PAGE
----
Google Street View launched in the UK last week and there has been a storm of protest over privacy. And it’s easy to see why.
Consider this for instance. Barbara has a work colleague called Julie. I’ve met Julie a couple of times at parties and work functions but otherwise I don’t know her that well. So Google Street View comes out and Barbara and her work colleagues decide to look up their homes to see if they’re on there and what they look like. And the shot for Julie’s house looks like this:
That’s me sitting in my car parked outside her house. Even though faces and car number plates might be blurred it’s still possible to identify people by the car they drive, the clothes they wear. That is undeniably me in that picture.
So she asks me later whether I’ve ever been to Julie’s house. “No,” I say. She shows me the Street View picture. Oh-oh, it’s not even as if I’m driving past, I’m actually parked outside the house. Uh…so now I’m scrabbling around for an explanation…oops. I end up admitting that maybe I’ve got to know Julie a little too well.
OK, so I’ve made that up. It’s actually outside our house and I don’t have to think up any explanation as to why I would be there.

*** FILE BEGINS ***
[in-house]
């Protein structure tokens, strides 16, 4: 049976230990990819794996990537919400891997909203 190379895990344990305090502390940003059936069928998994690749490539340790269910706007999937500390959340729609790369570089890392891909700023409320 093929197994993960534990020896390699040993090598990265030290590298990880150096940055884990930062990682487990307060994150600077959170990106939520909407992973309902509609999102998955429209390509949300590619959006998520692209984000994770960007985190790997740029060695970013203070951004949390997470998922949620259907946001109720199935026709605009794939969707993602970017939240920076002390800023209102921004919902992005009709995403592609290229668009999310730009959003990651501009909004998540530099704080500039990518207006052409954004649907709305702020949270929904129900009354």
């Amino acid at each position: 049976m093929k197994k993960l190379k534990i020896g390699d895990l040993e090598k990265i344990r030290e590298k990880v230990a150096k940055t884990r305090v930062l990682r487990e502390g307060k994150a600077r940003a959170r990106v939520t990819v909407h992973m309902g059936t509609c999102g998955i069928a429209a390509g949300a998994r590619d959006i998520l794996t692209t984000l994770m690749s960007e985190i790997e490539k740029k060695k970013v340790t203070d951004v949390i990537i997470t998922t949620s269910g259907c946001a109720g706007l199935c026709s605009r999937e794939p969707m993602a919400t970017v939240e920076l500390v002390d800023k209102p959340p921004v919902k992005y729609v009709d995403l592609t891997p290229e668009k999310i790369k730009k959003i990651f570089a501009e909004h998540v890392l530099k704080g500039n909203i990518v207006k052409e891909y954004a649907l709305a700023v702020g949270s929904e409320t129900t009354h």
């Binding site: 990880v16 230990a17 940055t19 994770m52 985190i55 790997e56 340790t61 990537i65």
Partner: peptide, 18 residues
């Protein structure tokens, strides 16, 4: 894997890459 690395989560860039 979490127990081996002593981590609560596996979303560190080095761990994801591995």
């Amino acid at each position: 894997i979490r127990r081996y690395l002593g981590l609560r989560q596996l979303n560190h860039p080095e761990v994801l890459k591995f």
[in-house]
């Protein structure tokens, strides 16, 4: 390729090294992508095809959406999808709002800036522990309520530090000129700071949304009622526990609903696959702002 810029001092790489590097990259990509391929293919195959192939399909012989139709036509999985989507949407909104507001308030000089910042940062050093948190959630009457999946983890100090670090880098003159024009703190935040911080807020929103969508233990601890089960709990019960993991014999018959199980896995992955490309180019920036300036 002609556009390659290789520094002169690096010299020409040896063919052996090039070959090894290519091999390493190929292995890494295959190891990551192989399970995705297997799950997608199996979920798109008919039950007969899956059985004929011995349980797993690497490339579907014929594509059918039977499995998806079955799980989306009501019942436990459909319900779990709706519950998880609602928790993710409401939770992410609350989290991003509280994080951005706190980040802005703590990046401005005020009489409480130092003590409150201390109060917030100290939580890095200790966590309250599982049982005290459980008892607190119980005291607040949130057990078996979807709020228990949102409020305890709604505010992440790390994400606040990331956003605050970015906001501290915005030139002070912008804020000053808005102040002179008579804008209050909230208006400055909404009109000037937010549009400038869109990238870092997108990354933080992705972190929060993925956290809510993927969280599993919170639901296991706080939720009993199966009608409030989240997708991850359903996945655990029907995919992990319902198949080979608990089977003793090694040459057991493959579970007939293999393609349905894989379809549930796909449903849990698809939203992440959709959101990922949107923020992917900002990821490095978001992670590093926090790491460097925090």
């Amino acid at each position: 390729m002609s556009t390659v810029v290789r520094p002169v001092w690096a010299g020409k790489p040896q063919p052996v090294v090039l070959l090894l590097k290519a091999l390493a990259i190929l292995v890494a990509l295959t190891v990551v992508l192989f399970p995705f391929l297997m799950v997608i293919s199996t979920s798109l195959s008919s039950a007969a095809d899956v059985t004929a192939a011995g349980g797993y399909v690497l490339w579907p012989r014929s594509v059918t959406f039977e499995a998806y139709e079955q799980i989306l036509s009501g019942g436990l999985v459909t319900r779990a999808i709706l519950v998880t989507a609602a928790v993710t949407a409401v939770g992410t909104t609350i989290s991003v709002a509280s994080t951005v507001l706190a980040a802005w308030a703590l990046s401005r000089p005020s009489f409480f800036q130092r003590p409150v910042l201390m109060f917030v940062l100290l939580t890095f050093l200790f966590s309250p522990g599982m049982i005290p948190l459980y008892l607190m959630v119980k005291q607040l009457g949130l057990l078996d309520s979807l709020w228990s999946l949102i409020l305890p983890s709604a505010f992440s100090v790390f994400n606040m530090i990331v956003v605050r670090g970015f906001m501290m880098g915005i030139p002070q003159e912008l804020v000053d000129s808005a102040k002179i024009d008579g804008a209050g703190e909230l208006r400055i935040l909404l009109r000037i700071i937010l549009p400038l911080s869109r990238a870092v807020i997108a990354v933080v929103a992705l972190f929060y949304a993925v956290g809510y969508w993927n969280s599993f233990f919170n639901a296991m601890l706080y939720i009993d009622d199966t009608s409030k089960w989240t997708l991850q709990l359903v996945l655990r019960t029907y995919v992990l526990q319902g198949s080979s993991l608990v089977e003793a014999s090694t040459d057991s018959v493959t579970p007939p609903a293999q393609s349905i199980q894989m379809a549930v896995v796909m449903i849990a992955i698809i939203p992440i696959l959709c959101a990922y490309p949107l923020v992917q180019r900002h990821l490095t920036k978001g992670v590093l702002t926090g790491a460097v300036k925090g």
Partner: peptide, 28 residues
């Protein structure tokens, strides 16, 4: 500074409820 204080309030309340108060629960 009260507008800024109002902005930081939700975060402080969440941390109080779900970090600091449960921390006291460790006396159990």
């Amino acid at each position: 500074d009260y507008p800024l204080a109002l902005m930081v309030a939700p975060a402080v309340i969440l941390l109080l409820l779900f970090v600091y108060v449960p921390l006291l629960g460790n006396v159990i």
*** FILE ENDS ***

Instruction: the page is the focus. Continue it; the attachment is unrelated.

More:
But you can imagine all the little incendiary devices laying hidden in Street View ready to be stumbled upon. And in the scenario above it’s no good Google removing the image when they receive a complaint about it. By then it would be too late and the incendiary device would have exploded.
I have ambivalent thoughts about Street View. I can certainly see the privacy issues with it. I don’t really mind being on it myself because I’m doing nothing more innocuous than sitting in my car outside my house, but I can see how some people would mind.
Last week I had to collect a client from an address in Cardiff – a house that was supposed to be difficult to find. I was not only able to look it up on Google Maps but I could also do a ‘drive through’ of the street and familiarise myself with it before I got there. The client was amazed that I was able to find his house without having to telephone for directions (as everyone else does, apparently). For that kind of use Street View is an invaluable tool.
But if I had been photographed in less innocuous circumstances I probably wouldn’t be thinking of it as a valuable tool.
Not that that would be likely to happen of course…